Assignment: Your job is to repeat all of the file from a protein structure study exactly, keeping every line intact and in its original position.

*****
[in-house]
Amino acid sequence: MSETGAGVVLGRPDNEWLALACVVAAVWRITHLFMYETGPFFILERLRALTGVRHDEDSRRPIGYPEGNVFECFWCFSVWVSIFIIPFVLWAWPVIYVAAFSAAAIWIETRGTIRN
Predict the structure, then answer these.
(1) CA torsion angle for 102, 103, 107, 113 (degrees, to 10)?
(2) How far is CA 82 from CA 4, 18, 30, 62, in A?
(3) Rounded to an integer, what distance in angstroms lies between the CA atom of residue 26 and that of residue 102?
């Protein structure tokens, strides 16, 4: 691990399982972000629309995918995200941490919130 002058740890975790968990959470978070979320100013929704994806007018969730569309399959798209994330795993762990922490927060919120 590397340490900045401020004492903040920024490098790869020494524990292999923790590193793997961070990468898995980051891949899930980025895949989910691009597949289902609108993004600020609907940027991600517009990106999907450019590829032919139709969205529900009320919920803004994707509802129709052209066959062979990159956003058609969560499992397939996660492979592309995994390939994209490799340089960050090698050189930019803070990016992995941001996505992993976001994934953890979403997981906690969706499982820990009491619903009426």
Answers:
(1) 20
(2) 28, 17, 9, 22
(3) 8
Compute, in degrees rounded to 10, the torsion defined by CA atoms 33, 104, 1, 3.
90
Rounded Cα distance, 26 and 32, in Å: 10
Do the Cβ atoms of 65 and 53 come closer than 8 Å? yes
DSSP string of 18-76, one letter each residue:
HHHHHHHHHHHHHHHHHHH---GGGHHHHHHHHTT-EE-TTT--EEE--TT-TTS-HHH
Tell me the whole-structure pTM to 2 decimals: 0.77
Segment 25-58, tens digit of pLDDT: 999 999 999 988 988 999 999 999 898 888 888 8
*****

[in-house]
Amino acid sequence: MSETGAGVVLGRPDNEWLALACVVAAVWRITHLFMYETGPFFILERLRALTGVRHDEDSRRPIGYPEGNVFECFWCFSVWVSIFIIPFVLWAWPVIYVAAFSAAAIWIETRGTIRN
Predict the structure, then answer these.
(1) CA torsion angle for 102, 103, 107, 113 (degrees, to 10)?
(2) How far is CA 82 from CA 4, 18, 30, 62, in A?
(3) Rounded to an integer, what distance in angstroms lies between the CA atom of residue 26 and that of residue 102?
């Protein structure tokens, strides 16, 4: 691990399982972000629309995918995200941490919130 002058740890975790968990959470978070979320100013929704994806007018969730569309399959798209994330795993762990922490927060919120 590397340490900045401020004492903040920024490098790869020494524990292999923790590193793997961070990468898995980051891949899930980025895949989910691009597949289902609108993004600020609907940027991600517009990106999907450019590829032919139709969205529900009320919920803004994707509802129709052209066959062979990159956003058609969560499992397939996660492979592309995994390939994209490799340089960050090698050189930019803070990016992995941001996505992993976001994934953890979403997981906690969706499982820990009491619903009426």
Answers:
(1) 20
(2) 28, 17, 9, 22
(3) 8
Compute, in degrees rounded to 10, the torsion defined by CA atoms 33, 104, 1, 3.
90
Rounded Cα distance, 26 and 32, in Å: 10
Do the Cβ atoms of 65 and 53 come closer than 8 Å? yes
DSSP string of 18-76, one letter each residue:
HHHHHHHHHHHHHHHHHHH---GGGHHHHHHHHTT-EE-TTT--EEE--TT-TTS-HHH
Tell me the whole-structure pTM to 2 decimals: 0.77
Segment 25-58, tens digit of pLDDT: 999 999 999 988 988 999 999 999 898 888 888 8